Helen “Lena” Astin (1932-2015): Feminist Scholar and Activist, UCLA Distinguished Professor

Helen “Lena” S. Astin, Distinguished Professor Emerita at the University of California, Los Angeles and Senior Scholar at the Higher Education Research Institute (HERI), passed away on October 27 after a prolonged illness at the age of 83. She is best known for her loving heart, as well as her research on higher education issues relating to women, equity, civic engagement, and spirituality.

Distinguished Professor Emerita of Education Helen "Lena" Astin was a higher education scholar with expertise in women's issues, equity, civic engagement, and spirituality.
Distinguished Professor Emerita of Education Helen “Lena” Astin was a higher education scholar with expertise in women’s issues, equity, civic engagement, and spirituality.

For most of her early professional life, Astin’s scholarly work focused on issues of equity for women. This work was motivated in part by her personal experience as a young woman Ph.D. in psychology trying to find work, and also by her activism during the early years of the women’s movement. Her 1969 book,The Woman Doctorate in America,” which has since become a Citation Classic, was published just as the Women’s Movement was beginning to gather steam. This national study debunked several myths about highly educated women, including the belief that they don’t remain in the workforce because they drop out to have children and raise families. It also documented the existence of widespread sex discrimination in the higher education workplace.

Astin’s 1991 book, Women of Influence, Women of Vision (co-authored with Carole Leland), was an in-depth study of 77 prominent women leaders who had helped to bring about societal change on behalf of women. The study found that these women shared power, saw leadership as a collective effort, and demonstrated a passionate commitment to social justice, equality and inclusion.

“The entire GSE&IS family mourns the passing of our beloved colleague Helen Astin,” says Marcelo Suárez-Orozco, Wasserman Dean of the UCLA Graduate School of Education & Information Studies. “Lena was a brilliant, humane, charming, and cosmopolitan citizen of UCLA and of the world; we shall miss her enormously. Our thoughts and prayers are with her husband UCLA Professor Alexander (“Sandy”) Astin and their sons John and Paul.”

Helen “Lena” Astin (née Stavridou) was born on February 6, 1932 in Serres, Greece, and in her youth, witnessed the occupation of Greece by the Axis powers during World War II. She traveled to the United States in 1951 to pursue higher education, meeting her husband, Alexander W. Astin, in 1954 when both were doctoral students in psychology at the University of Maryland. They were married in 1956. The couple had two sons, John Astin (b. 1959) and Paul (b. 1961).

In 1973, the Astins accepted professorships in Higher Education at UCLA where they remained until their retirement in 2002. Helen Astin served as the Associate Provost of the UCLA College of Letters and Science (1983-87), during which time she established the Student Research Program, which provides opportunities for undergraduates to work directly with faculty on their research projects. In 1989, she co-founded the UCLA Center for the Study of Women with fellow faculty members Nancy Henley, Anne Peplau, Kathryn Sklar, and Karen Rowe, and served for a time as Interim Director of that Center.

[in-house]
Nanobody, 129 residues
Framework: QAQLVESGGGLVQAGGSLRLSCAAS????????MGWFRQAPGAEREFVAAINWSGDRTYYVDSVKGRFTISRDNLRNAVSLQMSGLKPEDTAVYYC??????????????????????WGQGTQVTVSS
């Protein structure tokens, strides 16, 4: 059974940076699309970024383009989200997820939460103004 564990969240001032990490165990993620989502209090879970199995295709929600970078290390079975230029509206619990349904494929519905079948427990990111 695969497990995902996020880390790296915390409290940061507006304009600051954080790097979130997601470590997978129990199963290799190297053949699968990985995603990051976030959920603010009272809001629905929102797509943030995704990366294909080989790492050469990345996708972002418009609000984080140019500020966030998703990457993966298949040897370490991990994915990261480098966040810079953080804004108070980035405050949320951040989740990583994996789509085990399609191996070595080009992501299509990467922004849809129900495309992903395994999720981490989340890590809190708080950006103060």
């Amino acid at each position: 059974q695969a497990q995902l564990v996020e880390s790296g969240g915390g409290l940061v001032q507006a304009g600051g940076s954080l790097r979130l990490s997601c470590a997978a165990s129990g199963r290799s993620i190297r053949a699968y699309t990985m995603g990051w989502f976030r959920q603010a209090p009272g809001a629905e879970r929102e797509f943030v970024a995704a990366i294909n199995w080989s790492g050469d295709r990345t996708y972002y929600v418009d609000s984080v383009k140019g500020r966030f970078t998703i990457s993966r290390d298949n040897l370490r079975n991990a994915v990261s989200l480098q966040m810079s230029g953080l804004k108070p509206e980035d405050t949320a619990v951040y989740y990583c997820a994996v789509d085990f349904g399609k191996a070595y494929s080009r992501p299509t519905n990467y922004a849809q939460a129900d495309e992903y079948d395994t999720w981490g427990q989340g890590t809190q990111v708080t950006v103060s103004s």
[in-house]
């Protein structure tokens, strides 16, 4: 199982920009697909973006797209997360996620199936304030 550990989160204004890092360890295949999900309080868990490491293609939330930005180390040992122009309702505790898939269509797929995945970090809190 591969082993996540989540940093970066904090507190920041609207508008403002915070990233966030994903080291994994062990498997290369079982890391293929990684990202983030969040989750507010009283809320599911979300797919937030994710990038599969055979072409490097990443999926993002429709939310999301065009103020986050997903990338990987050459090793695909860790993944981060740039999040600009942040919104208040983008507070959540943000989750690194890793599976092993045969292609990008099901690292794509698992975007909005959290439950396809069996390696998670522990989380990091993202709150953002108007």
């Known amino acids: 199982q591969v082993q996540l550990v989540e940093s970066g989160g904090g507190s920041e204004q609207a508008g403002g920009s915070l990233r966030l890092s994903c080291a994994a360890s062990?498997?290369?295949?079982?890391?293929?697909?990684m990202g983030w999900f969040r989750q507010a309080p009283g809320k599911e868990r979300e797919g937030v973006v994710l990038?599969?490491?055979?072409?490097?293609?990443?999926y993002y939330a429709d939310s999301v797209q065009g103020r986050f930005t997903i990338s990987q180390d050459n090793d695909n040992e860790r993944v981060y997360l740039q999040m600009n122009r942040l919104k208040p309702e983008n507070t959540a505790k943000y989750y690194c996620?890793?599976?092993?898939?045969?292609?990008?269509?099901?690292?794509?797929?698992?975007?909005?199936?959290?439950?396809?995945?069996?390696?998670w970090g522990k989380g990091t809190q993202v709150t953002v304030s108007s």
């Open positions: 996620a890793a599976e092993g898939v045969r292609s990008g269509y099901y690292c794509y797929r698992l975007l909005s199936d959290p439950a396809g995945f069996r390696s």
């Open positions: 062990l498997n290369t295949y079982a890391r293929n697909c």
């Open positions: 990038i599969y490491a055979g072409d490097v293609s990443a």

Helen Astin’s 14 books also include “Higher Education and the Disadvantaged Student” (1972), “Some Action of Her Own: The Adult Woman in Higher Education” (1976), “Minorities in American Higher Education” (1982), and “Cultivating the Spirit: How College Can Enhance Students’ Inner Lives” (2011). Astin also described her experiences of growing up in Nazi-occupied Greece, her path to higher education in America, and her career as a scholar, activist, faculty member, and administrator in “The Road From Serres: A Feminist Odyssey” (2014).

At the time of her death, Professor Astin served as a Senior Scholar at HERI. The nationally renowned institute houses the Cooperative Institutional Research Program (CIRP), which is the nation’s largest and oldest empirical study of higher education, through an annual longitudinal study of the American higher education system, involving data on some 1,900 institutions, over 15 million students, and more than 300,000 faculty. It continues to provide the most comprehensive source of information on college students. CIRP surveys have been administered by UCLA’s HERI since 1973, and include the Freshman Survey, Your First College Year Survey, Diverse Learning Environments Survey, and the College Senior Survey.

Helen Astin served as a trustee of Hampshire College (1972-79) and as a trustee of Mt. St. Mary’s College (1985-97 and 2001-11). She was on the Board of Governors of the Center for Creative Leadership, the Board of the National Council for Research on Women, and Chair of the Board of the American Association for Higher Education. She was active in the American Psychological Association (APA), serving on the Boards of Policy and Planning, and Education and Training, as well as president of the Division of the Psychology of Women. In addition, among her many accolades, Professor Astin was a recipient of the Distinguished Research Award of Division J of the American Education Research Association (AERA) and received the Mentoring Award and the Howard R. Bowen Distinguished Career Award from the Association for the Study of Higher Education. Astin has also been the recipient of three honorary degrees.

Professor Astin is survived by her husband, Alexander “Sandy” Astin, their sons John and Paul Astin, and three granddaughters Erin (b. 1994), Amalía (b. 1997), and Ila Astin (b. 2000). A memorial service will be held later this Fall.